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S. Chakraborty1, C.D. Fernandes2, M.d'A. Charchar3 and S. Kelemu4

1CSIRO Tropical Agriculture, CRC for Tropical Plant Pathology, 2EMBRAPA-CNPGC, 3EMBRAPA-CPAC and 4Tropical Forages Program, CIAT


Extensive pathogenic variation in the South American anthracnose pathogen Colletotrichum gloeosporioides was detected from screenings of Australian host differentials and other selections of Stylosanthes guianensis, S. scabra, S. macrocephala and S. capitata in Brazil. Pathogen diversity in South America is more extensive than what is present in Australia. Some pathogen isolates caused severe anthracnose on accessions and cultivars, which are highly resistant to all Australian races. If accidentally introduced, these can potentially devastate Australian cultivars.

Key words: Tropical pasture, pathogen diversity, centre of origin, risk assessment.

Species of the tropical pasture legume, Stylosanthes spp., introduced from south and central America, provide nutritive forage for animals and improve soil fertility. Inadvertently, strains of the anthracnose pathogen, Colletotrichum gloeosporioides, have been introduced with Stylosanthes germplasm into many countr- ies, including Australia. Worldwide, anthracnose restricts the utilisation, productivity and spread of Stylosanthes. In Australia, 4 races in each of 2 biotypes have devastated previously resistant cultivars following their release. Pathogenic specialisation exists in Colombia and Brazil, and South America is considered the centre of host-pathogen diversity.

Building on a preliminary study (1), this paper reports two further studies on a more extensive characterisation of pathogenic variation in South American isolates of C. gloeosporioides. In the first study, 66 isolates were screened in glasshouse trials in Brazil using 4 Australian biotype A differentials, S. scabra cultivars Seca and Fitzroy and accessions Q10042 and 93116. Seedlings were inoculated with 106 conidia/ml suspension of a single isolate, maintained in a saturated atmosphere for 48 hr and assessed for anthracnose severity using a 0-9 point scale (2). Disease severity data were loge (severity+1) transformed and isolates were classified into races using linear discriminant functions, developed using 182 Australian isolates of known racial grouping (2).

In the second study 23 isolates from South America were screened in Brazil using 24 lines of S. guianensis, S. scabra, S. macrocephala and S. capitata using methods described above. Analysis of variance was used to summarise and to draw inferences.

Results and discussion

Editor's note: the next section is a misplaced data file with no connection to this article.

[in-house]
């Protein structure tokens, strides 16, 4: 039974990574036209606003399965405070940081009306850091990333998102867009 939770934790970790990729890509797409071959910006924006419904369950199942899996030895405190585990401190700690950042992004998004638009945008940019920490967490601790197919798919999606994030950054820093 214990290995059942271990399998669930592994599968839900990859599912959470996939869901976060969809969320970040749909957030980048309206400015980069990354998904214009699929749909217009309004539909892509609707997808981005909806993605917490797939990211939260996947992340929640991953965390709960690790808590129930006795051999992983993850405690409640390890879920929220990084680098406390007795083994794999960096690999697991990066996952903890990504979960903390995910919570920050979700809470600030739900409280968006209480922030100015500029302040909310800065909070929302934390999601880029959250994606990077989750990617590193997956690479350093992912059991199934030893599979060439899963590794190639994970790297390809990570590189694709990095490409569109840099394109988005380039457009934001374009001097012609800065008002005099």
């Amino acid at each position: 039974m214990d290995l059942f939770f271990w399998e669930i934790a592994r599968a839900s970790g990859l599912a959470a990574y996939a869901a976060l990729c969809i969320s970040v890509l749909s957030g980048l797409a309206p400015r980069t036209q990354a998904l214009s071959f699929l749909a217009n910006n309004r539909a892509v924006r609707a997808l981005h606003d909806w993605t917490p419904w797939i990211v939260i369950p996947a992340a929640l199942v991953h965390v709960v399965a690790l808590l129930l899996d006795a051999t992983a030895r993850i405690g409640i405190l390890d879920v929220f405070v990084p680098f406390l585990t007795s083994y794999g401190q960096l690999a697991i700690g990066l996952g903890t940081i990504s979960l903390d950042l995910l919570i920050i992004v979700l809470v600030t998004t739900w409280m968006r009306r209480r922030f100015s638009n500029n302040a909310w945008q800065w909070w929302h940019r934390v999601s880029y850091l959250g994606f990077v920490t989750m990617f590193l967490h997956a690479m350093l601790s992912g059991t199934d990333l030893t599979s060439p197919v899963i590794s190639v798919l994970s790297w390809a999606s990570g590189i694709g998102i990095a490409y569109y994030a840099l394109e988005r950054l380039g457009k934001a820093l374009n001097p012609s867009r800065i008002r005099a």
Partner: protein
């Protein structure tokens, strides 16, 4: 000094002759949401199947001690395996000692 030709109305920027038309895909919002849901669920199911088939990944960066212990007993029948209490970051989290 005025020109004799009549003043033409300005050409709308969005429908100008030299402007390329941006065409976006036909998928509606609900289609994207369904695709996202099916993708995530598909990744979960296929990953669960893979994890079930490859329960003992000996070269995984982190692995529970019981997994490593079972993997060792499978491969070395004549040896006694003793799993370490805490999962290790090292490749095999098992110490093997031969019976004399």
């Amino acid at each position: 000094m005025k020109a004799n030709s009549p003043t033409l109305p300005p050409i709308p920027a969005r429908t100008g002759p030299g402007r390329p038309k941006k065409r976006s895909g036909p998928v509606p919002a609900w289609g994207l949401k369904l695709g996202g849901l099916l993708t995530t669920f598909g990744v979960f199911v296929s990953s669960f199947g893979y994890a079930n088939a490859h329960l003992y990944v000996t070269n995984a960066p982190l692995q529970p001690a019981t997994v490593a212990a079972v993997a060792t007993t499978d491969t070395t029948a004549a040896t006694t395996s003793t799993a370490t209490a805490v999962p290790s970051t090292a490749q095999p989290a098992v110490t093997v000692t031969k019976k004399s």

The training data set of 182 Australian isolates was clustered into three groups following Ward's method to develop linear discriminant functions (2). South American isolates, within the 95th percentile of the distance from a cluster centre, were classified as a member of that cluster and labelled with the cluster number, while isolates lying outside these limits were unclassified and were represented by a zero (Fig. 1). Fourty four of the 66 Brazilian isolates could not be classified into any known Australian biotype A race cluster. Two were classified as race 2 (virulent on Fitzroy and Q10042) and 20 were classified as race 3 (virulent on Seca) but none fitted the race 1 (virulent only on Fitzroy) virulence pattern. This shows that the wide range of pathogenic diversity in South America can not be adequately classified using the Australian differential set.

Accessions of S. guianensis were most susceptible, followed by S. capitata, and S. scabra, and accessions of S. macrocephala were the most resistant (Table 1). Of the 4 discernible groups, isolates (CG39R, CG56R, CG64 and CG65), avirulent (disease rating ) on all 4 species, constitutes group 1. Isolates (CG03, CG15, CG22R, CG25, CG26, CG27, CG28, CG30, CG31 and CG 39), virulent (disease rating 1) only on S. guianensis, represent group 2. Isolates CG13, CG22, CG29, and CG50, virulent on 2-3 species represent group 3. The remaining 5 isolates, CG20, CG41, CG42, CG57R and CG58R, representing group 4, are virulent on all 4 species (Table 1). All group 2 isolates originate from S. guianensis and isolates in groups 3 and 4 were mainly from S. capitata with one isolate in each group from S. scabra. Group 2 appears similar to the Australian biotype B with pathogenicity towards S. guianensis only. Groups 3 and 4 represent complex races not present in Australia. S. guianensis can be infected with Australian biotype A isolates producing biotype A like symptoms (Chakraborty, unpublished) and a putative inter- biotype recombinant has been detected in Australia (3), but isolates causing serious anthracnose to both biotype A and B hosts have not been detected in Australia. In common with earlier studies (1), this study has revealed extensive pathogenic variation in C. gloeosporioides population in South America.


Pathogenic diversity is more extensive in South America than what is present in Australia. Isolates that cause severe anthracnose on Australian lines otherwise highly resistant to all Australian races can potentially devastate current and future cultivars, if accidentally introduced.


1. Chakraborty, S., Perrott, R., Charchar, M.J., Fernandes, C.D. and Kelemu, S. 1997. Trop. Grassl. 31, 393-401.

2. Chakraborty, S., Thomas, M.R., and Ellis, N. 1996. Phytopathology 86, 283-289.

3. Masel, A., He, C., Poplawski, A.M., Irwin, J.A.G. and Manners, J.M. 1996. Mol. Pl-Micro. Int. 9, 339-348.

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